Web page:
The poet John Keats once described the ideal state of the psyche as negative capability — the ability “of being in uncertainties, Mysteries, doubts without any irritable reaching after fact & reason.” “The truth of life is its mystery,” echoed Joyce Carol Oates. This comfort with mystery and the unknown, indeed, is at the heart not only of poetic existence but also of the most rational of human intellectual endeavors, as many of history’s greatest scientific minds have attested. And yet, caught between the opinion culture we live in and our deathly fear of being wrong, we long desperately for absolutism, certitude, and perfect truth.

Originally published in 1993, The Spirituality of Imperfection: Storytelling and the Search for Meaning (public library) explores what’s arguably the most important dimension of what it means to be human — our inherent imperfection — and the many ways in which we violate it daily, delivering a constellation of wisdom and practical insight on how to live in a way that enables, rather than disempowers, our humanity.

Authors Ernest Kurtz and Katherine Ketcham describe the spirituality of imperfection as “a spirituality of not having all the answers, stories convey the mystery and the miracle — the adventure — of being alive.” Though much of the focus falls on the Alcoholics Anonymous program — hailed by many as one of the most important organized movements of the 20th century and criticized by some for its own imperfections — the book, which passes the skepticism radar even of someone as non-religious as myself, is really about cultivating our capacity for uncertainty, for mystery, for having the right questions rather than the right answers.

The problem with organized religions, Bill Wilson once complained, ‘is their claim how confoundedly right all of them are.’ The spirituality of imperfection … makes no claim to be ‘right.’ It is a spirituality more interested in questions than in answers, more a journey toward humility than a struggle for perfection.

The spirituality of imperfection begins with the recognition that trying to be perfect is the most tragic human mistake.

Adding to the ongoing discussion of the psychology and philosophy of spirituality, Kurtz and Ketcham observe:

We are not ‘everything,’ but neither are we ‘nothing.’ Spirituality is discovered in that space between paradox’s extremes, for there we confront our helplessness and powerlessness, our woundedness. In seeking to understand our limitations, we seek not only an easing of our pain but an understanding of what it means to hurt and what it means to be healed. Spirituality begins with the acceptance that our fractured being, our imperfection, simply is: There is no one to ‘blame’ for our errors — neither ourselves nor anyone nor anything else. Spirituality helps us first to see, and then to understand, and eventually to accept the imperfection that lies at the very core of our human be-ing. Spirituality accepts that ‘If a thing is worth doing, it is worth doing badly.’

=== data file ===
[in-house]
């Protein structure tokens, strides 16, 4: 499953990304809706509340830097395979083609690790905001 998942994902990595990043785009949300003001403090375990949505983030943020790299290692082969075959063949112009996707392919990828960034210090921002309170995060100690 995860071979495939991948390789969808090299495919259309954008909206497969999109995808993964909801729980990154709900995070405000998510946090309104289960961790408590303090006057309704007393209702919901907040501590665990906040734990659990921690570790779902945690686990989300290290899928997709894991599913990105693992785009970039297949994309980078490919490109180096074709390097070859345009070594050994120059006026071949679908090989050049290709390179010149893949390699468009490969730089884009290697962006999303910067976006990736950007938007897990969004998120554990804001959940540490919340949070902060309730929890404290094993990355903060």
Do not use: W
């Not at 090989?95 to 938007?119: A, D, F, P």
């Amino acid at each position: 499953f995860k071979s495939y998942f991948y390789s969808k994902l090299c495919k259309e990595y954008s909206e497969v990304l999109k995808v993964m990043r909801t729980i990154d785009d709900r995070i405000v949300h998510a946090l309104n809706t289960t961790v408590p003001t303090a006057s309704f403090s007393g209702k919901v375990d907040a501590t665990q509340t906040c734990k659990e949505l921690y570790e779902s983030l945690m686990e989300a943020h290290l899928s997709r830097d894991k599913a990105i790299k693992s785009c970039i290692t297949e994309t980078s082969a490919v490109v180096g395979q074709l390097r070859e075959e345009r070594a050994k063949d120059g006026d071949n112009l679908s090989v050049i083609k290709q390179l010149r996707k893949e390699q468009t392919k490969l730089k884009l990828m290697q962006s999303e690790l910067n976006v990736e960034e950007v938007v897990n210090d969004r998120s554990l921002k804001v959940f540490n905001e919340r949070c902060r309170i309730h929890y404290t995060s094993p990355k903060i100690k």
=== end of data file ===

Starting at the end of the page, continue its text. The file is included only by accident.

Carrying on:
Further:

This is not a spirituality for the saints or the gods, but for people who suffer from what the philosopher-psychologist William James called ‘torn-to-pieces- hood’ (his trenchant translation of the German Zerrissenheit). We have all known that experience, for to be human is to feel at times divided, fractured, pulled in a dozen directions … and to yearn for serenity, for some healing of our ‘torn-to-pieces-hood.’

Much has been written — and debated — about the science of storytelling in recent weeks, so this excerpt on spirituality and story is of particular note:

Without imperfection’s ‘gap between intentions and results,’ there would be no story.

[…]

Listening to stories and telling them helped our ancestors to live humanly — to be human. But somewhere along the way our ability to tell (and to listen to) stories was lost. As life speeded up, as the possibility of both communication and annihilation became ever more instantaneous, people came to have less tolerance for that which comes only over time. The demand for perfection and the craving for ever more control over a world that paradoxically seemed ever more out of control eventually bred impatience with story. As time went by, the art of storytelling fell by the wayside, and those who went before us gradually lost part of what had been the human heritage— the ability to ask the most basic questions, the spiritual questions.

It all circles back to our discomfort with the mysterious and the unanswered, highlighting the urgency of relaxing into rather than tensing against it:

We modern people are problem-solvers, but the demand for answers crowds out patience — and perhaps, especially, patience with mystery, with that which we cannot control. Intolerant of ambiguity, we deny our own ambivalences, searching for answers to our most anguished questions in technique, hoping to find an ultimate healing in technology. But feelings of dislocation, isolation, and off-centeredness persist, as they always have.

If The Spirituality of Imperfection reminds you of Brené Brown’s excellent The Gifts of Imperfection, it’s for good reason — both go to the heart of our deepest conditioning, the kind of personal and cultural narratives we’ve come of age believing yet ones that keep us from fully inhabiting our own selves.

Thanks, Kirstin

BP